|Map of Guadalupe River System from silichip.org|
The most obvious etymology to start with here is that of riparian. Ripa is classical Latin for "river bank" and is cognate with English river. So riparian is "of or related to the river bank." There is also the cognate riverine. Riparian dates from only 1810 in the written record, and riverine came a bit later. We find riverain, too, which came the French route to English - it was originally a person who lived on the banks of a river. It's the oldest of this group (not including river) and dates to the late 17th century in French.
|Guadalupe River riparian area in San Jose from rhorii.org|
Another interesting word related to our walk is slough. In the U.S. we pronounce it "slew" (and sometimes spell it that way) but in the U.K. it is, of course, pronounced "slau". The meanings are slightly different between the U.S. and U.K., as well. In the U.S. a slough is a marshy or reedy pool, pond, small lake, backwater or inlet, or a seasonally dry channel, while in the U.K. it is soft or muddy ground, or a mire. However, the basic idea of "wet" runs through both meanings. It was slóhin Old English, but beyond that it's a bit of a mystery. The OED suggests that it may be related to slonk, which has cognates in other Germanic languages and means "a wet hollow in the road or ground." There is, of course, the town of Slough in England, made unhappily infamous by Betjeman's notorious poem. It was so named as it was located in a miry area. In 1195 it was Slo.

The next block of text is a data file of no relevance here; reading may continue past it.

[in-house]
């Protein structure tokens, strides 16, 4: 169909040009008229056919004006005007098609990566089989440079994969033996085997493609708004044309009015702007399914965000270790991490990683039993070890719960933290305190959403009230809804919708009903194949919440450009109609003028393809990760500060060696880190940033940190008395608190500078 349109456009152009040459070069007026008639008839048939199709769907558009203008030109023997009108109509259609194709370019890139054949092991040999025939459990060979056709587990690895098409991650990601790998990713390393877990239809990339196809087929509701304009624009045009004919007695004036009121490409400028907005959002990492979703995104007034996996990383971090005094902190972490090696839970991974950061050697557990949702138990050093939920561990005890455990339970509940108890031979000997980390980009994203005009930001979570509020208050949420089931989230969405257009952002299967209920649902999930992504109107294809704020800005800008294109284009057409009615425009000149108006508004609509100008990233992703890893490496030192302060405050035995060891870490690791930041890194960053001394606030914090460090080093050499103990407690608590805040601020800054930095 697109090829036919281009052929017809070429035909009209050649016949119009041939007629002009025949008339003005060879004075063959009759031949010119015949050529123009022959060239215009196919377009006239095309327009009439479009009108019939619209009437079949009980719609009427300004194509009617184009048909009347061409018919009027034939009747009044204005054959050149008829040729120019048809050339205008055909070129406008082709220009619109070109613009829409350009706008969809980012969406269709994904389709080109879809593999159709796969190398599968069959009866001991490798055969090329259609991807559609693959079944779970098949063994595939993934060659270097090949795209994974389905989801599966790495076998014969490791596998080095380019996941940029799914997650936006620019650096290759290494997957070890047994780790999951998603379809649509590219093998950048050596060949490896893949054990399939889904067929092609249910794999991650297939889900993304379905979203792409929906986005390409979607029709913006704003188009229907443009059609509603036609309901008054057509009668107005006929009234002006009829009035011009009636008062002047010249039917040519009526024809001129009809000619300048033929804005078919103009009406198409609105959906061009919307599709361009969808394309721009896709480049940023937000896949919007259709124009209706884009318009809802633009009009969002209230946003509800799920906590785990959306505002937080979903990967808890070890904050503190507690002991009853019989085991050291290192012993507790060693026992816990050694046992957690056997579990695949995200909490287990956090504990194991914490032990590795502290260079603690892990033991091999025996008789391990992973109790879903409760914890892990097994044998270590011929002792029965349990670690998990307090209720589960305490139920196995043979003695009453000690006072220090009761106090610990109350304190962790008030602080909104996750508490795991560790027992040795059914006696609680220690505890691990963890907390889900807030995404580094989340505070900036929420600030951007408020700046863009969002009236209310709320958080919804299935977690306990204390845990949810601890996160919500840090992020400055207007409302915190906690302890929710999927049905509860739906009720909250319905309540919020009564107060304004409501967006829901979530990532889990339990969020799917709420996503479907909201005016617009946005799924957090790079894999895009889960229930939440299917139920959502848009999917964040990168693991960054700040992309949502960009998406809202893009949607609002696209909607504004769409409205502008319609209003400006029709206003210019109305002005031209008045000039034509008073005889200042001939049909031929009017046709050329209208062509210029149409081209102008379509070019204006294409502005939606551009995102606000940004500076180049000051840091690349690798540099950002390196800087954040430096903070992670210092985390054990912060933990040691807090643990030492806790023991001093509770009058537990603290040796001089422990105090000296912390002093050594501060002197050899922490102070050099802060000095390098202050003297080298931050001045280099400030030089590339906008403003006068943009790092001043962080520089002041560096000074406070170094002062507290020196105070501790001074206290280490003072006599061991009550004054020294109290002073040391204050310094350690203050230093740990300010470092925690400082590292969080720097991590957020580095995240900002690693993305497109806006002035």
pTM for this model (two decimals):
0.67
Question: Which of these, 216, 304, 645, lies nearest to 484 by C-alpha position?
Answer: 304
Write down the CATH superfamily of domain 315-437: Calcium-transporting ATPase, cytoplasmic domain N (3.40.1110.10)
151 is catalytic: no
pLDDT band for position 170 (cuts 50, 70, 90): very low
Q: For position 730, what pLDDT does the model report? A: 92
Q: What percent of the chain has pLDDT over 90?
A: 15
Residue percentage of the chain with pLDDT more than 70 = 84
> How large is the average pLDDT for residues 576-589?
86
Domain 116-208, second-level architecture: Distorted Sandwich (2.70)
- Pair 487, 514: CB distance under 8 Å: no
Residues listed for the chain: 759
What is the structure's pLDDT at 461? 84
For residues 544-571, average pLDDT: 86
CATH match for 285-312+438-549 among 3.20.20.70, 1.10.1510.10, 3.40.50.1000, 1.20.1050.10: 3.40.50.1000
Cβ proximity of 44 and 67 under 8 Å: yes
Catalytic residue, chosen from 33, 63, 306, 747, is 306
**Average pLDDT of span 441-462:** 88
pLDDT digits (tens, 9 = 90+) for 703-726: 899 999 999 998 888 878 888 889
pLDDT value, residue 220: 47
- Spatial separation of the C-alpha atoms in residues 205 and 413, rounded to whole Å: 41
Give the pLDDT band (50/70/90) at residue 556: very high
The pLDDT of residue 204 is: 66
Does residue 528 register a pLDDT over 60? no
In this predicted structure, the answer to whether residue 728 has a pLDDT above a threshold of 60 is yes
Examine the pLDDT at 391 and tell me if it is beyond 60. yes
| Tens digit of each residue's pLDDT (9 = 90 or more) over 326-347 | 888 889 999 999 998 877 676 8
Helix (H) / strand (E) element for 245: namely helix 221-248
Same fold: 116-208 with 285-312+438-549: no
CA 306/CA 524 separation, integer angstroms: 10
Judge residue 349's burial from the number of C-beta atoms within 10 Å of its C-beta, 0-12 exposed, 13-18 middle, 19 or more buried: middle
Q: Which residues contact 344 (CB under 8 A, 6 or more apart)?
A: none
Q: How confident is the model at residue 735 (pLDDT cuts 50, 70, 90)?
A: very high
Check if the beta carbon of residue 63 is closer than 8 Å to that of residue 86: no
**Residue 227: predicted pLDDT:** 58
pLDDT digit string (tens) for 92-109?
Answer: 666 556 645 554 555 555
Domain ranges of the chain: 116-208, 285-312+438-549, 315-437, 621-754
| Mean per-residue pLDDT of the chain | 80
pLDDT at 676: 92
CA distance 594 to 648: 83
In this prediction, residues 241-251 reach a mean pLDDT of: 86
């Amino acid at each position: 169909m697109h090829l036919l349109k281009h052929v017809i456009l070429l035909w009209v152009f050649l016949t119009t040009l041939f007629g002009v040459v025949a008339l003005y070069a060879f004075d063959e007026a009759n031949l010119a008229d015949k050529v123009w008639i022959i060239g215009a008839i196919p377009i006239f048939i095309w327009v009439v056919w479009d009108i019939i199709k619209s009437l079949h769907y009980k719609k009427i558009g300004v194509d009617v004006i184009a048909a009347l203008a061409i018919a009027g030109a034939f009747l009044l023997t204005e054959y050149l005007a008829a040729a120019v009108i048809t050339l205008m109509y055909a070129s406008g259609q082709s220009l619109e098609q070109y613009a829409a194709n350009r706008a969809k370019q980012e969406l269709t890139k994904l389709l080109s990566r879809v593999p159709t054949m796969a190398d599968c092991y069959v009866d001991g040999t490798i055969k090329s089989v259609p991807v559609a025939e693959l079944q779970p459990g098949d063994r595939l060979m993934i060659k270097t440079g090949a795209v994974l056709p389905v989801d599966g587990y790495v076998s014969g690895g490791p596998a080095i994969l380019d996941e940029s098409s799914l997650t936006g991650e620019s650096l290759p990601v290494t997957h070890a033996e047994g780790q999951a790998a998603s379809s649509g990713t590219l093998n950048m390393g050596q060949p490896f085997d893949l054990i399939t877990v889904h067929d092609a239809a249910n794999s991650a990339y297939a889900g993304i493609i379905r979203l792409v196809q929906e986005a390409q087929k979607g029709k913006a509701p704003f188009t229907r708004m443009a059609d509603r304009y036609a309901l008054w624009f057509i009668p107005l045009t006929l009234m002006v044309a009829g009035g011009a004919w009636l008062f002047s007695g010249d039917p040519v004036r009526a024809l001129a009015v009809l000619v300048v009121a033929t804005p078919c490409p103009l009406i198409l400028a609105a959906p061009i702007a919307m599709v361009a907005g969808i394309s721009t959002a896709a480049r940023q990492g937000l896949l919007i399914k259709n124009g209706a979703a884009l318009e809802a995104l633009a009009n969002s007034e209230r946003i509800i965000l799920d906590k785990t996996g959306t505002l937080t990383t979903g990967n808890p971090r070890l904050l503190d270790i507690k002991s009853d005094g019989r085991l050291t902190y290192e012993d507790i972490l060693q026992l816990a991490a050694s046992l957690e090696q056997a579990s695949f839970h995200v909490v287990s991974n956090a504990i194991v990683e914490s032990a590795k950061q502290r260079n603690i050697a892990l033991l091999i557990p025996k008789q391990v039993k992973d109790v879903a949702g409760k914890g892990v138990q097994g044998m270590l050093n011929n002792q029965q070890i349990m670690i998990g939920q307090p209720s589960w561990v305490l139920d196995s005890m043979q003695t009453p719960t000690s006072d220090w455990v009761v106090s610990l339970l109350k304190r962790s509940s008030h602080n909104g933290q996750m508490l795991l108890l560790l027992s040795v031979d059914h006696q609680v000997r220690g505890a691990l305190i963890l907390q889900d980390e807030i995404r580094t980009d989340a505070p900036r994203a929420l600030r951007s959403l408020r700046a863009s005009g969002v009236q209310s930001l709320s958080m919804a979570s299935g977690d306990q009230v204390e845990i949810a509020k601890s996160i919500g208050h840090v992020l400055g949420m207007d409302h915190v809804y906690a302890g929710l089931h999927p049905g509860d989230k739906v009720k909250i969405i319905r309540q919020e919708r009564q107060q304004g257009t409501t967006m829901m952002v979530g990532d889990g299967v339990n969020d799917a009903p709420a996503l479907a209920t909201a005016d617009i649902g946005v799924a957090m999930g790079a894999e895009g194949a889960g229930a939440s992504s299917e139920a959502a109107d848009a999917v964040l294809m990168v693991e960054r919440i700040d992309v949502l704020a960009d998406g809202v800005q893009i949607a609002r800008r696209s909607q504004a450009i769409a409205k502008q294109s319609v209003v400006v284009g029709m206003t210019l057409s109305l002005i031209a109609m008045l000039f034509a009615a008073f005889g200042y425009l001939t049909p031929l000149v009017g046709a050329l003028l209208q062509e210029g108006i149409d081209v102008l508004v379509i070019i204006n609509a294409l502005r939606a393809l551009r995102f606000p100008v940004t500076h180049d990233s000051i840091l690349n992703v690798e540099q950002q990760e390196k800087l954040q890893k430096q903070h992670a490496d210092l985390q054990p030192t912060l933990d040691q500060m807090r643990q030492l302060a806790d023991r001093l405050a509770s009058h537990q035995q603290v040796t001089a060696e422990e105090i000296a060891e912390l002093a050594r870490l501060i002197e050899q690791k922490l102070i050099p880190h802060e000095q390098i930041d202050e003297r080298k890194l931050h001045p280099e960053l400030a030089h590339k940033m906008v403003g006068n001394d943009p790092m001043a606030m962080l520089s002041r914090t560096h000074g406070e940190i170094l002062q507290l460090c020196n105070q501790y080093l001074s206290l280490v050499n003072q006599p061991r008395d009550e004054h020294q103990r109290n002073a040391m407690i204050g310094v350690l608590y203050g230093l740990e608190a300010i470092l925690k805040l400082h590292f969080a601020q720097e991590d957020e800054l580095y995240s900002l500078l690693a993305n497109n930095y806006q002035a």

We close where we began - with the Guadalupe River. Guadalupe is a curious word, and it is also
|Squirrel, from quintessentialruminations.wordpress.com|